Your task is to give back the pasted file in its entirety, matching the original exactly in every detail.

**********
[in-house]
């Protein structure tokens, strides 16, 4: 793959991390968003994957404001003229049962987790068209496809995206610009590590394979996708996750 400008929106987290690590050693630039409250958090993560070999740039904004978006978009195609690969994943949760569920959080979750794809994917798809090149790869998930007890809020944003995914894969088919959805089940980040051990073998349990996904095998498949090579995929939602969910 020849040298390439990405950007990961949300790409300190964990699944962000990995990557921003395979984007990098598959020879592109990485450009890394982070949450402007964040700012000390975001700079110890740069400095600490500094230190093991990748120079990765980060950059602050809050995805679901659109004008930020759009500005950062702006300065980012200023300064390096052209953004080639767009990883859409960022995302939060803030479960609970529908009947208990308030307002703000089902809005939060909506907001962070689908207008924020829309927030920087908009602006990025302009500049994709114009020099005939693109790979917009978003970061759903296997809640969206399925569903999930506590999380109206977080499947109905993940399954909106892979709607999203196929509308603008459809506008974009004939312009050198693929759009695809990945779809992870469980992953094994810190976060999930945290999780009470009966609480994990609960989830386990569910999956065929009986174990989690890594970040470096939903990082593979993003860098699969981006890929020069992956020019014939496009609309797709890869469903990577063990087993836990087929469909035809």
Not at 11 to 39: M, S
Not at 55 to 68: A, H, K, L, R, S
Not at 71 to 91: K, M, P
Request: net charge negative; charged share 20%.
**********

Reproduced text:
[in-house]
């Protein structure tokens, strides 16, 4: 793959991390968003994957404001003229049962987790068209496809995206610009590590394979996708996750 400008929106987290690590050693630039409250958090993560070999740039904004978006978009195609690969994943949760569920959080979750794809994917798809090149790869998930007890809020944003995914894969088919959805089940980040051990073998349990996904095998498949090579995929939602969910 020849040298390439990405950007990961949300790409300190964990699944962000990995990557921003395979984007990098598959020879592109990485450009890394982070949450402007964040700012000390975001700079110890740069400095600490500094230190093991990748120079990765980060950059602050809050995805679901659109004008930020759009500005950062702006300065980012200023300064390096052209953004080639767009990883859409960022995302939060803030479960609970529908009947208990308030307002703000089902809005939060909506907001962070689908207008924020829309927030920087908009602006990025302009500049994709114009020099005939693109790979917009978003970061759903296997809640969206399925569903999930506590999380109206977080499947109905993940399954909106892979709607999203196929509308603008459809506008974009004939312009050198693929759009695809990945779809992870469980992953094994810190976060999930945290999780009470009966609480994990609960989830386990569910999956065929009986174990989690890594970040470096939903990082593979993003860098699969981006890929020069992956020019014939496009609309797709890869469903990577063990087993836990087929469909035809």
Not at 11 to 39: M, S
Not at 55 to 68: A, H, K, L, R, S
Not at 71 to 91: K, M, P
Request: net charge negative; charged share 20%.